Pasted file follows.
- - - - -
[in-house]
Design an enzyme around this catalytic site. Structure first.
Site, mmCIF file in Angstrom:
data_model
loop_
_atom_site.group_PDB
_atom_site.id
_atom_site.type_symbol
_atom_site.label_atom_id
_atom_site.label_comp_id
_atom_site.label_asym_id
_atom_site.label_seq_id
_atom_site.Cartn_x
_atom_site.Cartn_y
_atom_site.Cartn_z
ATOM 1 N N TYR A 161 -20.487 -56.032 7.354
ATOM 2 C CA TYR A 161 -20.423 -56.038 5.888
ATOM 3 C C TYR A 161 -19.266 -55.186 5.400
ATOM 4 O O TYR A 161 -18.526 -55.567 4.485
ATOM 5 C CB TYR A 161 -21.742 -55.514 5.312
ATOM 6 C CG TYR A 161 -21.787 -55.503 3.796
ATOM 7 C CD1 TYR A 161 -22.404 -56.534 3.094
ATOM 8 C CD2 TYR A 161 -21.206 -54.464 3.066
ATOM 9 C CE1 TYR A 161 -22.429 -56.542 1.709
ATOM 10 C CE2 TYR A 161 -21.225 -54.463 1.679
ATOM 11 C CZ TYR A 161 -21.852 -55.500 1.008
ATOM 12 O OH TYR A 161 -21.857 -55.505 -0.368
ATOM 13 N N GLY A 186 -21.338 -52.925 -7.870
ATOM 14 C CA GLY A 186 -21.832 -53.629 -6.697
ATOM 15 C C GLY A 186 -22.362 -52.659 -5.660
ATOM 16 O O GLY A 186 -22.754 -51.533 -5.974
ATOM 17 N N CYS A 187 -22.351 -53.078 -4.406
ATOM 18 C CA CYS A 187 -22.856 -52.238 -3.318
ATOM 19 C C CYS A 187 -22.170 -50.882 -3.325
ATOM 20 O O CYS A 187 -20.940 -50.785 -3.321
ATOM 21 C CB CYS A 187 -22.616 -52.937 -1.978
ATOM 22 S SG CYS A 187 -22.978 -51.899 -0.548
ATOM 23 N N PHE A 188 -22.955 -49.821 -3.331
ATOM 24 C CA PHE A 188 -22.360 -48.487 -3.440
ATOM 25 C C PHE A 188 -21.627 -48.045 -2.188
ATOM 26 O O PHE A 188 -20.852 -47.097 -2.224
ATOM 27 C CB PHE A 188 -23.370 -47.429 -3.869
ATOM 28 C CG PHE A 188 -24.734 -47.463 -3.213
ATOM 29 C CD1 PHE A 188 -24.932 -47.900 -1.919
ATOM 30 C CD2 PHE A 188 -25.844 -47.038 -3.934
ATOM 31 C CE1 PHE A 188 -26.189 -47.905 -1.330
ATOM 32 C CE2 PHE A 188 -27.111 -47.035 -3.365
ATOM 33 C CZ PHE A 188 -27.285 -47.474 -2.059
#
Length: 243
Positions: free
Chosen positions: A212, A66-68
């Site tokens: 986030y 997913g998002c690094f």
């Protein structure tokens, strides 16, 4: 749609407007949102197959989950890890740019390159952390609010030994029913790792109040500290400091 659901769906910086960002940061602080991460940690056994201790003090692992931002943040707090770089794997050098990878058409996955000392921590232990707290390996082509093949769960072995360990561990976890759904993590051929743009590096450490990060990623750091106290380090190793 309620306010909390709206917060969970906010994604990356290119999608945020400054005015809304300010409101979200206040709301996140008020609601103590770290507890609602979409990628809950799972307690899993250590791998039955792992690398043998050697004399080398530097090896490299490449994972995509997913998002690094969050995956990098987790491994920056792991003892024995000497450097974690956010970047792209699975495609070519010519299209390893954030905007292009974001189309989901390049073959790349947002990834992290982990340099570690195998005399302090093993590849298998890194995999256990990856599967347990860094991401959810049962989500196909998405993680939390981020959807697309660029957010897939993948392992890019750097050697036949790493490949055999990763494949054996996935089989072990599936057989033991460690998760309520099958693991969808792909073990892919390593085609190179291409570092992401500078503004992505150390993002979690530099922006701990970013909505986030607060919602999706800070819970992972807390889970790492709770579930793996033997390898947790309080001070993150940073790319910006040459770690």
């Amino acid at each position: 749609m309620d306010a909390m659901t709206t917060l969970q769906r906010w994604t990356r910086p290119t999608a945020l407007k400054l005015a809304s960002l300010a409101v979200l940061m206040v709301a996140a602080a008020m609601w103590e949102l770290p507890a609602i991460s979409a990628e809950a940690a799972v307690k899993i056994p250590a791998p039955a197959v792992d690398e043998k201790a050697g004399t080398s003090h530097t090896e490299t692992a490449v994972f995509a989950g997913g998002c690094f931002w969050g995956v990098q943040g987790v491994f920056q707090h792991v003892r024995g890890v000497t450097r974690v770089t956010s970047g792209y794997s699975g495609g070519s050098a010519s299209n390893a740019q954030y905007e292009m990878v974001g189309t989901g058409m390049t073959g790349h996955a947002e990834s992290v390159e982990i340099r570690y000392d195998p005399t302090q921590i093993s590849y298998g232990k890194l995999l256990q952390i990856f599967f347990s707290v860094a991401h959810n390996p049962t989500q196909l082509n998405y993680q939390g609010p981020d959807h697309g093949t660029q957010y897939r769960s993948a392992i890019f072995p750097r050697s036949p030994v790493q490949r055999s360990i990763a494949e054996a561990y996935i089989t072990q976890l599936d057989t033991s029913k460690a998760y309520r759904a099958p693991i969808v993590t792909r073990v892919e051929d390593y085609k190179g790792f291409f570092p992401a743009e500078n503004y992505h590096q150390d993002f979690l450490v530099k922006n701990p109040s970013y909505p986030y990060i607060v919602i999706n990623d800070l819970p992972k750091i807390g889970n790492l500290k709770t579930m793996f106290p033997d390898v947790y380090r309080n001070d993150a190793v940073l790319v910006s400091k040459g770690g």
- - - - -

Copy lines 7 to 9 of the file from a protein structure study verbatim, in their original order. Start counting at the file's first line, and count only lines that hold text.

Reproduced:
_atom_site.id
_atom_site.type_symbol
_atom_site.label_atom_id